NEWS3 December 2009

Teaching of quant methods ‘lacking’ at UK universities

News UK

UK— A lack of tuition in quantitative methods threatens to hold back the social sciences in the UK, according to a new study.

Times Higher Education quotes a draft report to the Economic and Social Research Council by Professor John Macinnes of the University of Edinburgh, who argues that quantitative research methods need to be more widely and effectively taught at undergraduate level as part of courses in numerous disciplines – not just maths and science.

Macinnes found that teaching of quantitative methods was lacking in the majority of the university social science departments that he surveyed.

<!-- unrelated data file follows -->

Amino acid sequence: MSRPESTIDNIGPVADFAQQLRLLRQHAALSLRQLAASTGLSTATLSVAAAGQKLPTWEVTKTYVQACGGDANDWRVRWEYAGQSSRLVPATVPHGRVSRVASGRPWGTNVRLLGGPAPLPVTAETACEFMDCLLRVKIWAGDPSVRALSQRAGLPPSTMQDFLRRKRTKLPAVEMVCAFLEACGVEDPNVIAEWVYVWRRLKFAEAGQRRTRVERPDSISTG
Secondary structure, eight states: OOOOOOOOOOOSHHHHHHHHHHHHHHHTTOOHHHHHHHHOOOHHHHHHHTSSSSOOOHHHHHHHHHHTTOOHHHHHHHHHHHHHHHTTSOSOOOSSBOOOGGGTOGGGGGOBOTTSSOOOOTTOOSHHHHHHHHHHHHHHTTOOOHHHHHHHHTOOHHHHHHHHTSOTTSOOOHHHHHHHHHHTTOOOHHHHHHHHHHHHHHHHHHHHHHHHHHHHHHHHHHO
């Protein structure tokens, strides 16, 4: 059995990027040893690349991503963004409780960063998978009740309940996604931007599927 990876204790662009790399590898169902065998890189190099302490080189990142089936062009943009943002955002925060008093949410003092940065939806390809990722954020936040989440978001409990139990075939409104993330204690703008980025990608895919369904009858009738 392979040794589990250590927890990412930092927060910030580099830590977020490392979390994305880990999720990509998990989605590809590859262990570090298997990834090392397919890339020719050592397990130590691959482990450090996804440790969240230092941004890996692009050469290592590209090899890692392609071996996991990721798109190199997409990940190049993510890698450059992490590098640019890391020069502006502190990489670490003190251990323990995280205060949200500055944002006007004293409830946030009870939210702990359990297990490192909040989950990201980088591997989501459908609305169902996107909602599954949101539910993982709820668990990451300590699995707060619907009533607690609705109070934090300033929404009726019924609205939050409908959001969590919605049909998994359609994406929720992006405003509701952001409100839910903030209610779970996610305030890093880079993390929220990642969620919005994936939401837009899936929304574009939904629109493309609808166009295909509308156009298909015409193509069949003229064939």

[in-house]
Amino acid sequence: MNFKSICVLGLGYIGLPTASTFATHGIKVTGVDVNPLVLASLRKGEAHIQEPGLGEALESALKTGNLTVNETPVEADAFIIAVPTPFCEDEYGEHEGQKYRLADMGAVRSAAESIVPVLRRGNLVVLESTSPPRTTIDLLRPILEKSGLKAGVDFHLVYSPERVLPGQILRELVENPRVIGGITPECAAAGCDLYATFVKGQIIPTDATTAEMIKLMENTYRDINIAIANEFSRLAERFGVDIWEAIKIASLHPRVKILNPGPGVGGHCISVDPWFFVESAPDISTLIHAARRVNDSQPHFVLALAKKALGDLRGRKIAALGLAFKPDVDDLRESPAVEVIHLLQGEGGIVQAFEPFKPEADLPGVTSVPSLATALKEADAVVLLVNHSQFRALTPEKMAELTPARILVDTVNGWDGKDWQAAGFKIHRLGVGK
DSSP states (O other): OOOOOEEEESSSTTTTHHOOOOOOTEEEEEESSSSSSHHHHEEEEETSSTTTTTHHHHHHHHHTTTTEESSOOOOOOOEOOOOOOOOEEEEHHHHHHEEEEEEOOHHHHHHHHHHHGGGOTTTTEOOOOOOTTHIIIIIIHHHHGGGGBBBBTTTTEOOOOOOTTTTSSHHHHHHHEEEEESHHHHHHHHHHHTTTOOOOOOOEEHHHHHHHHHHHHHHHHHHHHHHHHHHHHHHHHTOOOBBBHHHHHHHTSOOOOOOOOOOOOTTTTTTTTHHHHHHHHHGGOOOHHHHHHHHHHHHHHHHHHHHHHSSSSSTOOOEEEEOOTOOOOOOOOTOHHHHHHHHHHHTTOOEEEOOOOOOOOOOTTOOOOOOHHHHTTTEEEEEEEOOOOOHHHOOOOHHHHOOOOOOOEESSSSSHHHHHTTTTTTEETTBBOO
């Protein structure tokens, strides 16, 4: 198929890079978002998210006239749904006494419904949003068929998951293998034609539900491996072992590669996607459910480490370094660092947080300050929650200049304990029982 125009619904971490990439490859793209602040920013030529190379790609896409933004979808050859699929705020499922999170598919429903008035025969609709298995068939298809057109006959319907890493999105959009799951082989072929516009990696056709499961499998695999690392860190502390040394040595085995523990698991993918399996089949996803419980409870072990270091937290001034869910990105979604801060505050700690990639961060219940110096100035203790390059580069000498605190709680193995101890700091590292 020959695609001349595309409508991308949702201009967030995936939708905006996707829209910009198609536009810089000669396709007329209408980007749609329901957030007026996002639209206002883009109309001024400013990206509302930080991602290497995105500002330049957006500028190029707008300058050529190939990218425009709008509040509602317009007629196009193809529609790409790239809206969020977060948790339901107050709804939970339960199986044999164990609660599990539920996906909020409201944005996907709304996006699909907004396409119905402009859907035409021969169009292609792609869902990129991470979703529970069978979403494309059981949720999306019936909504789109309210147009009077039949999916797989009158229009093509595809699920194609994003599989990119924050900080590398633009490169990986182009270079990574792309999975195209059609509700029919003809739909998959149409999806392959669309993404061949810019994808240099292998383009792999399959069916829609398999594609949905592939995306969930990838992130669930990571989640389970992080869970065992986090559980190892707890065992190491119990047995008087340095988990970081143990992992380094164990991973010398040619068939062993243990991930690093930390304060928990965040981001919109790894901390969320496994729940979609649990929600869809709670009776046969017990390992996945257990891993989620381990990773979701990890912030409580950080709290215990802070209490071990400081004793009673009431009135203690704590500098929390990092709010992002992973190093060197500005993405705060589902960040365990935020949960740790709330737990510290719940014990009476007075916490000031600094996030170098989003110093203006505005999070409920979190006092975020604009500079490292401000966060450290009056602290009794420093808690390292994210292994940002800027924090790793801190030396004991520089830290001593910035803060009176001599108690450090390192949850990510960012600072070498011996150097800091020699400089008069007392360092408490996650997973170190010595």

Many departments rely on just a few members of staff for quant teaching, and students receive an average of just 12 hours’ teaching in quant methods over a three-year course.

Quantitative approaches were being allowed to “wither”, he said, leading to a declining focus on the analysis of empirical evidence. Among his recommendations to address the problem is the introduction of a standalone qualification in quantitative methods.